Finally, the sovereign state of the Commonwealth of Pennsylvania may not be sued without its consent. These actions are, in effect, an attempt to sue the Commonwealth. Assuming, arguendo, (1) that the Act of 1915 was void ab initio; (2) that the fees in question were paid under duress and compulsion: (3) that under common law, the Commonwealth could be sued for recovery; still, the Legislature had the power and authority to prescribe the remedy to be pursued and to annex thereto reasonable conditions incident to the exercise of the right to sue: State Tonnage Tax Cases, 79 U.S. 204 (1870). The Commonwealth, under the fiscal code previously alluded to, in effect, permits itself to be sued for fees paid under a statute subsequently declared to be unconstitutional. Through the Legislature, it directs that such claims for refund be made

[ 402 Pa. Page 519]

    to the Board of Finance and Revenue. But, as is its right, it affixes thereto the requirements that the petition for refunds must be filed within five years of the payment or settlement of the money for which the refund requested is made. This is a reasonable condition precedent to the right itself. The remedy is not available on any terms but may be asseted only under the conditions which the Legislature saw fit to prescribe: Land Holding Corp. v. Board of F. & Rev., 388 Pa. 61, 130 A.2d 700 (1957). These conditions failed of observance in this case. Appellants' failure to protest or to file timely action contesting the validity of the Act of 1915, followed by opportune requests for refunds, is of their own making. Adequate legal remedies were available. They saw fit to ignore them.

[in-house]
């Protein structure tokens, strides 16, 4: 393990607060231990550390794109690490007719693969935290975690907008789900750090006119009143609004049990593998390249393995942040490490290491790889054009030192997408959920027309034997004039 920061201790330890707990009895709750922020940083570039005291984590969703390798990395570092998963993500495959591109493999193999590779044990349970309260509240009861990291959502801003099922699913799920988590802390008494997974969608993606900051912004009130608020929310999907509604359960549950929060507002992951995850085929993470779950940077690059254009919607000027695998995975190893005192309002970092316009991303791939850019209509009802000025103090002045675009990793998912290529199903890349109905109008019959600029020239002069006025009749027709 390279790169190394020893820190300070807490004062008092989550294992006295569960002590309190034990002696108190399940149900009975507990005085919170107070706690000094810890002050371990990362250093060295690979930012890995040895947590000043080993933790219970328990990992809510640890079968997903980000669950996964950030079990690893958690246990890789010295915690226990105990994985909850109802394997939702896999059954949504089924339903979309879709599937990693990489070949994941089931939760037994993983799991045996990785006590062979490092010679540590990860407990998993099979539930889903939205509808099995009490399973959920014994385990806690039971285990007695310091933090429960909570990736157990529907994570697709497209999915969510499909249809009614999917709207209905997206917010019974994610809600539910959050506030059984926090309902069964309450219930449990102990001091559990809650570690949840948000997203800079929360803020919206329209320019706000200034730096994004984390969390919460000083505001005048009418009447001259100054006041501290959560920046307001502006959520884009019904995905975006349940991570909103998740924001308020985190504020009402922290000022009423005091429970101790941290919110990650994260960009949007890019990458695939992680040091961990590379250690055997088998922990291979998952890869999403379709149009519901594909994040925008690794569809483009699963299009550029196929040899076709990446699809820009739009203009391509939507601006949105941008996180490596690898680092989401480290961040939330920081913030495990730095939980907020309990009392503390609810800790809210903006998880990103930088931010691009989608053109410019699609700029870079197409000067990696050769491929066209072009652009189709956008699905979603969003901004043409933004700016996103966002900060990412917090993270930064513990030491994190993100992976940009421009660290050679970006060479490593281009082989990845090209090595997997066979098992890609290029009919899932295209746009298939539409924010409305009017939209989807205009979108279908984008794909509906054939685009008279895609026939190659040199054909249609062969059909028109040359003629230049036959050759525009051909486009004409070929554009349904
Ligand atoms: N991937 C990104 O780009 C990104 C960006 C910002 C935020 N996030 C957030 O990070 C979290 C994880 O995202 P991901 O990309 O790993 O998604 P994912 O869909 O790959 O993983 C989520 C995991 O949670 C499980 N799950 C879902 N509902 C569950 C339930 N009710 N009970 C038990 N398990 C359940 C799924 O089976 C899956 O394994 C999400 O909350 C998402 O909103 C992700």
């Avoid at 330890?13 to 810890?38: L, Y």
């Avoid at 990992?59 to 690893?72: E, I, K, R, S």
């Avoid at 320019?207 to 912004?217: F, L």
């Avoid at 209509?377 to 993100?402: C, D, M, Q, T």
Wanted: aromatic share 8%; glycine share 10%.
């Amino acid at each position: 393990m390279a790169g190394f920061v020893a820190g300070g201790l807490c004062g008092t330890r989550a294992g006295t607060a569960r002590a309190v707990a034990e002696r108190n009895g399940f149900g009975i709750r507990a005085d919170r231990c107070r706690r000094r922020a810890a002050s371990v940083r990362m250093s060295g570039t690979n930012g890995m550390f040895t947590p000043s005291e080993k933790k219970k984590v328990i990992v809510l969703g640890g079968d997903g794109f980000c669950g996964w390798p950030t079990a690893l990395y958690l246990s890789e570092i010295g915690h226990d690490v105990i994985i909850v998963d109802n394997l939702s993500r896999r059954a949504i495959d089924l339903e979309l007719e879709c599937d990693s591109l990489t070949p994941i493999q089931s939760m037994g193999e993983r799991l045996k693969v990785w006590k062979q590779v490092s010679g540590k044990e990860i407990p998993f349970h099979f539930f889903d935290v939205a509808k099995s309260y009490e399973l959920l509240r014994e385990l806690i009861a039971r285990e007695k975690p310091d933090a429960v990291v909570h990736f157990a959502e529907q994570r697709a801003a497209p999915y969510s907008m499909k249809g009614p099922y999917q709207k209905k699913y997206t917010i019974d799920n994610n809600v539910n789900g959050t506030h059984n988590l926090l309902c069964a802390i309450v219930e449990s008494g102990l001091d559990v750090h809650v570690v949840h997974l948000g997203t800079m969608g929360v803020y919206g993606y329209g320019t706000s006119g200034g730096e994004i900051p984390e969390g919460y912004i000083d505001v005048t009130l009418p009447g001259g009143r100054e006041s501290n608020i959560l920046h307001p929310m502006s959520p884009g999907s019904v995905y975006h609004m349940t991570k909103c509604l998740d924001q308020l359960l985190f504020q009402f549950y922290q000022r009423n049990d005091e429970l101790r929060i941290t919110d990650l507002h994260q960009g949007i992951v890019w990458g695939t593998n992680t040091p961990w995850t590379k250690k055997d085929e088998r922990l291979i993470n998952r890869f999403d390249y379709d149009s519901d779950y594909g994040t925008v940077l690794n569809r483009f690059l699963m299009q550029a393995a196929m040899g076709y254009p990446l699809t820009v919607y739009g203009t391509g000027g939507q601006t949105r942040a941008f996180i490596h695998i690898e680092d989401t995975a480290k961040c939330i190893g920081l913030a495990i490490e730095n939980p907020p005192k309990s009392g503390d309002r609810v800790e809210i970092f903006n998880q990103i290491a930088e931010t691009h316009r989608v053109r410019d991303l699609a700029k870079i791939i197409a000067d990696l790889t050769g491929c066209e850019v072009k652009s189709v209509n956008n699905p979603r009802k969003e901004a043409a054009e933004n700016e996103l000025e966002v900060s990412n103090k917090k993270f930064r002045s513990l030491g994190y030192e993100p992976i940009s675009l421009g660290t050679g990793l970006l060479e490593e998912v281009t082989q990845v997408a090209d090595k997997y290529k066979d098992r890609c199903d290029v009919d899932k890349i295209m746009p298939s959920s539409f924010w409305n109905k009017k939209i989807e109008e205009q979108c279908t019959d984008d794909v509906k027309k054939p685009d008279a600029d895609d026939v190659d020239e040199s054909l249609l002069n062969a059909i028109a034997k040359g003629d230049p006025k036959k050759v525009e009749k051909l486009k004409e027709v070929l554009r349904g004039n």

Judgment affirmed.


I would have arrived at the same result by simply holding that mandamus does not lie. It is elementary that a writ of mandamus cannot lie to control the discretionary actions of a public official. Here, appellants seek not only to compel the public officials sitting as the Board of Finance and Revenue to exercise their discretion, but they seek to compel them to do so in a manner contrary to the language of the very act that created the Board, namely, to go back further than five years in the granting of refunds. Thus, even if an appeal to the court below from the Board would lie, which it does not, Land Holding Corporation v. Board of Finance and Revenue, 388 Pa. 61, 130 A.2d 700 (1957), and even if the final act of the Board were subject to review in mandamus, which it is not, Calvert Distillers Corporation v. Board of Finance and Revenue, 376 Pa. 476, 103 A.2d 668 (1954), and even if mandamus could

[ 402 Pa. Page 520]

    be used as an alternative for an appeal, which it cannot, Kaufman Construction Co. v. Holcomb, 357 Pa. 514, 55 A.2d 534 (1947), mandamus still would not lie for the purpose of compelling these public officials to exercise discretion in an area where they have none. The Board cannot be required to pass upon appellants' petition and by so doing violate the very terms of the statute by which it was created, and violate the very authority given by the legislature to the Board to function in refund matters.